Tony, Ian, Dennis, Leo, and the Forum,
Actually, I can not find the original post to this thread, so I will simply assume
that what is said that Tony wrote below is what was originally posted.
Actually, there is a brand spanking new Spec ("Standard") that will be released at
APEX in Anahiem California at the end of this month, that will deal exactly with the
problem of "Standard Libraries" and the associated problems such as "zero degrees of
rotation" for a Component Footprint (in the Libraries).
The Spec is IPC 7351, and there is a related spec which covers a "Neutral CAD
Database Format" for interchanging information contained in these Libraries between
different EDA/CAD Vendors, and that is IPC 2581.
A supposedly complete Library already exists for PAD's which can be downloaded for
free from www.pcblibraries.com , which supposedly already conforms to the relevant
There are actually some current specs that already cover some of the issues related
to "zero degrees of rotation" as it relates to a Pick and Place Machine. (yes, this
again, just what I have been asking for here in the forums for the last few years).
Some of these current industry standards can be found at JEDEC JEP95 for most IC
Packages, although about half of the packages in the proposed IPC 7351 Standard
Library by PCBLibraries.com have rotations that are inconsistant with the current
JEDEC JEP95 "Design Requirements" and "Standard Procedures and Practices" (SPP's)
portions of JEP95 (Section 4).
In addition to the JEDEC JEP95 Standard (which is primarily concerned with
"Registered" and "Standard" Device Outline Drawings), there is a specific Standard
which defines how not only IC's, but additionally resistors, capacitors, and other
devices, are to be packaged in "Tape and Reel" for Pick and Place machines. This
spec is EIA-481, and it has been around since the early 90's, and is currently
entitled ANSI/EIA-481-C 10/03.
There are in fact some contradictions here also between EIA-481with what
PCBLibraries.com has done so far, but effective this morning IPC is looking into
these disgrepencies, and they will be resolved before any "Standard Library" is
actually adopted by IPC.
The whole point here is that there will actually be an international standard that
is going to be released very shortly here that will in fact address this very issue,
and other related issues including the "database problem", and everyone, even
including Altium, will be expected to conform to the standard within a few years.
The ultimate Goal for the IPC Standards would be acceptance not only within the PCB
Design community but also within the Component Manufacturing community, such that
ultimately even Schematic Symbols would be standardized, and all components would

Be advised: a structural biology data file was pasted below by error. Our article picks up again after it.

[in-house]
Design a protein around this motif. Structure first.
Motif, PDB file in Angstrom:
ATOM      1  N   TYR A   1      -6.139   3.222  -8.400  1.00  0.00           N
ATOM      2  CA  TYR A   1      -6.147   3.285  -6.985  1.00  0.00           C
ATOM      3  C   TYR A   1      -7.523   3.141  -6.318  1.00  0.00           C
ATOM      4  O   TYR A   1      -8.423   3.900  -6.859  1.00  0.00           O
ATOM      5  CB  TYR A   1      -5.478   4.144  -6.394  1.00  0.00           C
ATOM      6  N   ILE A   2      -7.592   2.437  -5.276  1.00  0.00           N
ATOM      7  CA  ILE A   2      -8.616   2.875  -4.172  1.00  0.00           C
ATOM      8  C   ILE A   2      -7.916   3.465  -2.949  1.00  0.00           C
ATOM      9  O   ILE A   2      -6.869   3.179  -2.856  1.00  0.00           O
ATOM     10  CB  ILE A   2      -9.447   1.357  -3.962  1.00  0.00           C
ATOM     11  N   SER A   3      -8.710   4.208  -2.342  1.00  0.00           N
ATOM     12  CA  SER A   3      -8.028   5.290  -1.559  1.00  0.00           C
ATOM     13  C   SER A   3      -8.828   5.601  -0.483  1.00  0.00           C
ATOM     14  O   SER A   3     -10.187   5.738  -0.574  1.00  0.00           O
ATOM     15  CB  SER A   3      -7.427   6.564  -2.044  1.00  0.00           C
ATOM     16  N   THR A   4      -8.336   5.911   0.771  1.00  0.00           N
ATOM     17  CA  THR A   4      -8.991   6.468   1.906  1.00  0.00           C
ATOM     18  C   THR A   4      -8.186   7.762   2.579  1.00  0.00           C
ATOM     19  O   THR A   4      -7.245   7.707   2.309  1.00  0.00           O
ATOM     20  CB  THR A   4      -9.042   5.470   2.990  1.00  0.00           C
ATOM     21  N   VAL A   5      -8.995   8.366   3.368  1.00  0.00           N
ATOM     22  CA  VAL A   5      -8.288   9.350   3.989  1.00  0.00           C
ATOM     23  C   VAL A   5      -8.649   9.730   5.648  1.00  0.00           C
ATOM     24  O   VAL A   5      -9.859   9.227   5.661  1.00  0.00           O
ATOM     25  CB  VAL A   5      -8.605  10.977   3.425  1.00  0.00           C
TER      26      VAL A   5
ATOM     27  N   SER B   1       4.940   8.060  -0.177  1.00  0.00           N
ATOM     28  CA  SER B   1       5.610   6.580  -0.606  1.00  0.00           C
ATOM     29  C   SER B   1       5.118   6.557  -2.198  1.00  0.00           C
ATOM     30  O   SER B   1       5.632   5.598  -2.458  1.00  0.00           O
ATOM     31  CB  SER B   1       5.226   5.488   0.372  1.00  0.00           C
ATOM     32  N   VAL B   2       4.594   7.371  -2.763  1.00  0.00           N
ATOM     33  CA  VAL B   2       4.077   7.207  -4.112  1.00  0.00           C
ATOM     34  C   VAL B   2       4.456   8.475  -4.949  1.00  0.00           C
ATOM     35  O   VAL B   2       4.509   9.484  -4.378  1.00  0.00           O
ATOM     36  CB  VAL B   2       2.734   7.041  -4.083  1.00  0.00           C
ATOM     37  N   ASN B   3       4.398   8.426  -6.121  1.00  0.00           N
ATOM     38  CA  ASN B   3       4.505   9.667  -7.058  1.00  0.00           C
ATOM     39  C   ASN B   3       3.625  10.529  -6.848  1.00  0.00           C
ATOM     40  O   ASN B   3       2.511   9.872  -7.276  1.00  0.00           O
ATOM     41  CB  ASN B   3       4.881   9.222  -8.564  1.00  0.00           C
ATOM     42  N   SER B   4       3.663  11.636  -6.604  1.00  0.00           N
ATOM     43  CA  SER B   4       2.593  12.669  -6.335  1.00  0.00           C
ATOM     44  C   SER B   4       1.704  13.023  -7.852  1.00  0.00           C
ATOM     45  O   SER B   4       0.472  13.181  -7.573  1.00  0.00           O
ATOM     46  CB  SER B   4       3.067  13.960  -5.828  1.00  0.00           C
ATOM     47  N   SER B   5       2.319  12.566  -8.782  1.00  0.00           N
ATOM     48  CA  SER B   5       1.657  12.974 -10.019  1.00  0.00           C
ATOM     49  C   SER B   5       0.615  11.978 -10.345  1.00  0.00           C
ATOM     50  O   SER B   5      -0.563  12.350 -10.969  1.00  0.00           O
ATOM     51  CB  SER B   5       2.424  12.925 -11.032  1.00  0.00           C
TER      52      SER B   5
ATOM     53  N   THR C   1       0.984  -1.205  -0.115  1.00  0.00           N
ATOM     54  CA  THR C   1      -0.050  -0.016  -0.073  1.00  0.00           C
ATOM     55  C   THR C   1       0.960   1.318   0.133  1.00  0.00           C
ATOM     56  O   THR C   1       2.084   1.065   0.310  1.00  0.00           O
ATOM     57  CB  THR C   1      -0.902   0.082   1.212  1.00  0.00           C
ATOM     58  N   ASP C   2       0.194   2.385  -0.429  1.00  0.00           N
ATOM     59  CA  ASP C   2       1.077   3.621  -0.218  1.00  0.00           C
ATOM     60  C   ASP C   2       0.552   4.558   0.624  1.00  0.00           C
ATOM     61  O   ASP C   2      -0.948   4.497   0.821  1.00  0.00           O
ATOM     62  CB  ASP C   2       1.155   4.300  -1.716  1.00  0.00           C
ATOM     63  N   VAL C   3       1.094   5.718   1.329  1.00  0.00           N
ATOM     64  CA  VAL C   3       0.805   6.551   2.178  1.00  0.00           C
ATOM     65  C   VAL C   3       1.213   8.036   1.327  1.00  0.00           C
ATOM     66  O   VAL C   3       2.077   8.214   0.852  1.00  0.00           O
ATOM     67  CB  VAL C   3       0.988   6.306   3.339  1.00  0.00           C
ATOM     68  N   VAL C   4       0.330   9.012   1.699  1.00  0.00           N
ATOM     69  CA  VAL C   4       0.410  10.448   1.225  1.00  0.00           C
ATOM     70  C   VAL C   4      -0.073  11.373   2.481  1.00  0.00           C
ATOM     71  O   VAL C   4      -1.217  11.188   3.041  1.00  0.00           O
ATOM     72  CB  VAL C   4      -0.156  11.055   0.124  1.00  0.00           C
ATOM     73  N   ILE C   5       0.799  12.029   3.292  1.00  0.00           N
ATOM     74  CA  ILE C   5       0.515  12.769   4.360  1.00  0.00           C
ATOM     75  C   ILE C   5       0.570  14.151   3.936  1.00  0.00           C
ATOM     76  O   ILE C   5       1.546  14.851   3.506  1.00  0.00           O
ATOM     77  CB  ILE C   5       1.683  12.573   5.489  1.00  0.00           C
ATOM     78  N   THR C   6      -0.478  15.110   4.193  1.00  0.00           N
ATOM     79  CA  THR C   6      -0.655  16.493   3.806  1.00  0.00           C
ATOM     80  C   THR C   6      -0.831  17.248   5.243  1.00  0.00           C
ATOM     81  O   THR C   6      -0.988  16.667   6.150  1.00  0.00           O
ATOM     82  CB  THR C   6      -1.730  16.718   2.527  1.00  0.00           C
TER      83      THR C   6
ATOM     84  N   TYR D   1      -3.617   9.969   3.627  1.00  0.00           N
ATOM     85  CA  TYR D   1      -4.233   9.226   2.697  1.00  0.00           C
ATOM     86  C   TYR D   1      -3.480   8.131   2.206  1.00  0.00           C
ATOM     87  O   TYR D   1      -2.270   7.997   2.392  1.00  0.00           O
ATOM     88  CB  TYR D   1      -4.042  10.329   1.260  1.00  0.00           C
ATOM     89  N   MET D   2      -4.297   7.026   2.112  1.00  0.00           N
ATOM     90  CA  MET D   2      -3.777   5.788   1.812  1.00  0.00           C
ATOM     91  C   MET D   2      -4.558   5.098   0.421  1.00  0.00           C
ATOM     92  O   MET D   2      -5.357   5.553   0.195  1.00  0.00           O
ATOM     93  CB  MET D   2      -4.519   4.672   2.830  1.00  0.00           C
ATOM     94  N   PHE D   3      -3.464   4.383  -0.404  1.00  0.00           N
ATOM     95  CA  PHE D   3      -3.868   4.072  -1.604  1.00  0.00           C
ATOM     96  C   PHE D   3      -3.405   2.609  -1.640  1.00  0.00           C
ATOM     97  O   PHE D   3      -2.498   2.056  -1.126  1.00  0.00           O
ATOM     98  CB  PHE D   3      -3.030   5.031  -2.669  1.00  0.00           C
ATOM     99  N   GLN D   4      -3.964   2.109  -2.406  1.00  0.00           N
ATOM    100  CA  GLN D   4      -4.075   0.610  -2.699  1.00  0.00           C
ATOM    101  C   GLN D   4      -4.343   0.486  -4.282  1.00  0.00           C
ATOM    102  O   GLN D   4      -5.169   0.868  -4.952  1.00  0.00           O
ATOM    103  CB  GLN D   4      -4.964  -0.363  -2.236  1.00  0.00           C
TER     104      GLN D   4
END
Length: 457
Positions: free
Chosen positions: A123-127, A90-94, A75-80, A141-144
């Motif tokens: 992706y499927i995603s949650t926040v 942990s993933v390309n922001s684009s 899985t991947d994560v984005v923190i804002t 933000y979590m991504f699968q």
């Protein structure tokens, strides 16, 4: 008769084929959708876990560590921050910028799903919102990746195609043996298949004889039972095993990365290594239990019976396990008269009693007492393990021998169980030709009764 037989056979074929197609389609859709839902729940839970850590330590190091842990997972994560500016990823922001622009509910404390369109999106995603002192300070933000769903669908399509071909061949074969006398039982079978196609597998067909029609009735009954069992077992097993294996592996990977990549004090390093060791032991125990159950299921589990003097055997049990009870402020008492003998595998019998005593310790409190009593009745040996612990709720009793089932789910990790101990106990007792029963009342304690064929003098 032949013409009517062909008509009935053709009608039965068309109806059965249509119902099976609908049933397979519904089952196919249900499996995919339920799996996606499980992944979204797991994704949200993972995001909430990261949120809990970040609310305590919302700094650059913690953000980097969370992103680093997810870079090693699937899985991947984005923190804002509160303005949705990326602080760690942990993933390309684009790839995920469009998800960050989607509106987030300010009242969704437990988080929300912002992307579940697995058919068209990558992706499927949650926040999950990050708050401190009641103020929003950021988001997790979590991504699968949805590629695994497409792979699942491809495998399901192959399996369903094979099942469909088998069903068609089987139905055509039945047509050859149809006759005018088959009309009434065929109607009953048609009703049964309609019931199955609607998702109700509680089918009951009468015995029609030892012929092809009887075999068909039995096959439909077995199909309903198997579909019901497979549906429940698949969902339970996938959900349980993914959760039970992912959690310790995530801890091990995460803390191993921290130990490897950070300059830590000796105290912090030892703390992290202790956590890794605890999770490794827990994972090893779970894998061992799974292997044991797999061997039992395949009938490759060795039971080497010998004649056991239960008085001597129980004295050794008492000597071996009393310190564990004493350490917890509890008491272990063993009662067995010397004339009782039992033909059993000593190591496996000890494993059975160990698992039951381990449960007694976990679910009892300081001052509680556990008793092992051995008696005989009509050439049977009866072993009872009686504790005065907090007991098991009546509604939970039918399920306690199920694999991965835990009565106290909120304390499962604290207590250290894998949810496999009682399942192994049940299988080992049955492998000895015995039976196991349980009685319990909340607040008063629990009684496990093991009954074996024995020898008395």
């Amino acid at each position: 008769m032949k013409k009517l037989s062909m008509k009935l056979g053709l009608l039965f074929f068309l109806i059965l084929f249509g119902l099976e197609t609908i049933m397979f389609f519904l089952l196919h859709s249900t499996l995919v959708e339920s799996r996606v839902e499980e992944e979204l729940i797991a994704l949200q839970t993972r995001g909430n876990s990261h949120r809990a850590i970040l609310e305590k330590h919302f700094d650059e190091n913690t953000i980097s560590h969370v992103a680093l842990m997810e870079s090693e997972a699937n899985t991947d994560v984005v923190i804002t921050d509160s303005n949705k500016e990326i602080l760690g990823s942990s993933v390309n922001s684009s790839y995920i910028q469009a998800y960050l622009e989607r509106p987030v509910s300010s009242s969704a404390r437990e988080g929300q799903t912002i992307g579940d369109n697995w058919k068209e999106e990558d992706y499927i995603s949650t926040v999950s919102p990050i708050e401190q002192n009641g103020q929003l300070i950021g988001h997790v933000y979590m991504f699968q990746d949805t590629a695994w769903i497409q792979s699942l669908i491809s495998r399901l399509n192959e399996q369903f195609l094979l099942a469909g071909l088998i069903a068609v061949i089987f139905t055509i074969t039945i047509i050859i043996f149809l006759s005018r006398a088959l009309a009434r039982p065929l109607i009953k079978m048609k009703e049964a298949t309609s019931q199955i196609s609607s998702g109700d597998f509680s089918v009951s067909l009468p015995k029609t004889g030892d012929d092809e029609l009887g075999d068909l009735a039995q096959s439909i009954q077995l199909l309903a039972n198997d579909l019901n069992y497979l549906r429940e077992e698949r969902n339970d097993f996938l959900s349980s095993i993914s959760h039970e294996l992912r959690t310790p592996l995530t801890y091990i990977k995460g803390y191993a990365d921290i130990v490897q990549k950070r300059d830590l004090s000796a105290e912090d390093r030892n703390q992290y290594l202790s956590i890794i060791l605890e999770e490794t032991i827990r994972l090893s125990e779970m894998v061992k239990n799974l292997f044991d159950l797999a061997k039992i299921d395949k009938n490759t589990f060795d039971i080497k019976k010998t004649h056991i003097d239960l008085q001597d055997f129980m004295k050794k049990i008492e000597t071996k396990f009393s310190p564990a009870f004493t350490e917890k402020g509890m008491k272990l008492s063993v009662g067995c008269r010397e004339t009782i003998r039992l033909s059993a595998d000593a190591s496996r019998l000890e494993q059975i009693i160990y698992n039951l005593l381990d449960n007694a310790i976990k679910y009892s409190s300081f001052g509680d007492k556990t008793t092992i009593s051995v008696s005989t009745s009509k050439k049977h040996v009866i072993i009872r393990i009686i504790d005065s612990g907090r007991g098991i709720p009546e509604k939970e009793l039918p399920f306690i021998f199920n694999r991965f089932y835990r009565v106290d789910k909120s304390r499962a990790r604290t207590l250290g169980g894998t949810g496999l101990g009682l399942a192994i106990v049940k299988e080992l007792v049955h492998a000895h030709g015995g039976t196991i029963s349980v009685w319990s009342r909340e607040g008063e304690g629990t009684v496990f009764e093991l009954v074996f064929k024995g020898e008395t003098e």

directly map to a specific Industry Standard Schematic Symbol and a Specific
Industry Standard Component Footprint, all freely available from the Component
Manufacturer in a "Neutral CAD Database Format", and that these "Standard Libraries"
would drive all of the Manufacturing Processes, such as Assembly and Testing.
Maybe Altium will be developing some new Library Component Wizards after all, once
the details of the new IPC 7351 and IPC 2581 specs are actually finalized.
----- Original Message -----
From: "Ian Wilson" <[EMAIL PROTECTED]>
To: "Protel EDA Forum" <[EMAIL PROTECTED]>
Sent: Sunday, February 08, 2004 3:29 PM
Subject: Re: [PEDA] Semiconducto rmfg Footprint creation
> On 11:15 AM 7/02/2004, Tony Karavidas said:
> >What does the lack of an industry wide standard for component footprints
> >have to do with Altium? They are but one EDA vendor and there are certainly
> >orders of magnitude more component manufacturers than EDA vendors. The
> >"problems and unfriendliness" are prevalent and unique to each EDA vendor's
> >tool set. Having an interoperable library standard cannot be done in a
> >vacuum, and I don't think Altium can take the lead. They would need to form
> >a consortium of EDA vendors and I think they don't want to play ball
> >together. (It would be nice if the top 4 or 5 could join to develop this XML
> >or whatever based standard.)
> >I also don't think a parts vendor could/would do it. What's in it for them?
> >Why should they throw the resources at it? They will sell their parts
> >regardless...if people need those parts for a certain functionality. If
> >you're thinking "yeah that may be true for single sourced parts, but what
> >about multi sources parts?" then I would say those are nearly commodity
> >items anyway and there's no money in time spent making industry standard
> >libraries for them.
> >It probably needs to be some organization like the IEEE.
> Or users - there is nothing to say that a bunch of committed and competent
> users couldn't form the consortium and start the definition process. What
> would be required is users using all sorts of different CAE programs
> getting together to start the process.
> There would potentially be copyright issues with someone taking the Altium
> libs and converting them to a open exchange format, but users ought to be
> able to export their own libs into a standard form.
> I am sure that many of the DAE systems provide sufficient programable
> access to write appropriate add-ons to allow users to write the
> add-ons. If you had enough add-ons and users using the system the industry
> would eventually follow and have to work together to make it work.
> What would be required?
> 1) Ability to store Sch symbol, including pin attributes, text (including
> justifications, fonts etc), pin swap data ...
> 2) Ability to store PCB footprint, including ...?
> 3) Sim data - probably a number of formats would be required, SPICE,
> EESoft, SABRE and others
> 4) Sig Int data
> 5) 3D data
> 6) comments
> 7) ...
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